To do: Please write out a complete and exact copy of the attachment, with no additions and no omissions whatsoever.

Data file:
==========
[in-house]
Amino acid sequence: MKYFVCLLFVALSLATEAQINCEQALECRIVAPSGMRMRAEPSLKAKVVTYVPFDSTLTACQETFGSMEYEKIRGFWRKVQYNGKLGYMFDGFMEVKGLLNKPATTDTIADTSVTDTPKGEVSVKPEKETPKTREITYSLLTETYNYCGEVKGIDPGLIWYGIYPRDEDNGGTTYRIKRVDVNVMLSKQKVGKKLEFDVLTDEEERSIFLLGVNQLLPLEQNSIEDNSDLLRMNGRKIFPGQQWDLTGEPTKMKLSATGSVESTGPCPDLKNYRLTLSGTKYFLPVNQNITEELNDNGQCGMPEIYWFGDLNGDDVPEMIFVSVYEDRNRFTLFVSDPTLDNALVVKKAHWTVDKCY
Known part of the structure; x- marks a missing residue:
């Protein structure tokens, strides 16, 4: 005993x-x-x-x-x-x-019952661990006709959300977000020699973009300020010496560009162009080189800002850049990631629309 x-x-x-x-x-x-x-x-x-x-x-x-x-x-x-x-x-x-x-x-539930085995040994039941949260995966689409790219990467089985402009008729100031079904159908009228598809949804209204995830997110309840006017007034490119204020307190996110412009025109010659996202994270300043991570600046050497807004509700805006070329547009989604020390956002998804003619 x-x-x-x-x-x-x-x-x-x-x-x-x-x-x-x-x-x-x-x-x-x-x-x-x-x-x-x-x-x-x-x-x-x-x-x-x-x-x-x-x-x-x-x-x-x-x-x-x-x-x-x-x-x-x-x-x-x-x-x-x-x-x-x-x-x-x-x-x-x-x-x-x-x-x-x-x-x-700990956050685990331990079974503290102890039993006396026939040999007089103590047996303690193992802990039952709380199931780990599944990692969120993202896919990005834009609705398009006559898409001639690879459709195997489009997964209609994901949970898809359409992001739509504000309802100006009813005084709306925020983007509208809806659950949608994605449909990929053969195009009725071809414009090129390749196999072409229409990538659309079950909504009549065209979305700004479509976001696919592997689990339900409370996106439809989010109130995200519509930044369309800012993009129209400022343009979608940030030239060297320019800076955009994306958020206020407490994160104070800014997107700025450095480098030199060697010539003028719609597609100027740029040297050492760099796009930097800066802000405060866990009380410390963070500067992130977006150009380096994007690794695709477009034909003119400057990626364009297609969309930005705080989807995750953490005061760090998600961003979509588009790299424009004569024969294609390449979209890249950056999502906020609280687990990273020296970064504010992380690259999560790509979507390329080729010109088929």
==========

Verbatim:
[in-house]
Amino acid sequence: MKYFVCLLFVALSLATEAQINCEQALECRIVAPSGMRMRAEPSLKAKVVTYVPFDSTLTACQETFGSMEYEKIRGFWRKVQYNGKLGYMFDGFMEVKGLLNKPATTDTIADTSVTDTPKGEVSVKPEKETPKTREITYSLLTETYNYCGEVKGIDPGLIWYGIYPRDEDNGGTTYRIKRVDVNVMLSKQKVGKKLEFDVLTDEEERSIFLLGVNQLLPLEQNSIEDNSDLLRMNGRKIFPGQQWDLTGEPTKMKLSATGSVESTGPCPDLKNYRLTLSGTKYFLPVNQNITEELNDNGQCGMPEIYWFGDLNGDDVPEMIFVSVYEDRNRFTLFVSDPTLDNALVVKKAHWTVDKCY
Known part of the structure; x- marks a missing residue:
């Protein structure tokens, strides 16, 4: 005993x-x-x-x-x-x-019952661990006709959300977000020699973009300020010496560009162009080189800002850049990631629309 x-x-x-x-x-x-x-x-x-x-x-x-x-x-x-x-x-x-x-x-539930085995040994039941949260995966689409790219990467089985402009008729100031079904159908009228598809949804209204995830997110309840006017007034490119204020307190996110412009025109010659996202994270300043991570600046050497807004509700805006070329547009989604020390956002998804003619 x-x-x-x-x-x-x-x-x-x-x-x-x-x-x-x-x-x-x-x-x-x-x-x-x-x-x-x-x-x-x-x-x-x-x-x-x-x-x-x-x-x-x-x-x-x-x-x-x-x-x-x-x-x-x-x-x-x-x-x-x-x-x-x-x-x-x-x-x-x-x-x-x-x-x-x-x-x-700990956050685990331990079974503290102890039993006396026939040999007089103590047996303690193992802990039952709380199931780990599944990692969120993202896919990005834009609705398009006559898409001639690879459709195997489009997964209609994901949970898809359409992001739509504000309802100006009813005084709306925020983007509208809806659950949608994605449909990929053969195009009725071809414009090129390749196999072409229409990538659309079950909504009549065209979305700004479509976001696919592997689990339900409370996106439809989010109130995200519509930044369309800012993009129209400022343009979608940030030239060297320019800076955009994306958020206020407490994160104070800014997107700025450095480098030199060697010539003028719609597609100027740029040297050492760099796009930097800066802000405060866990009380410390963070500067992130977006150009380096994007690794695709477009034909003119400057990626364009297609969309930005705080989807995750953490005061760090998600961003979509588009790299424009004569024969294609390449979209890249950056999502906020609280687990990273020296970064504010992380690259999560790509979507390329080729010109088929």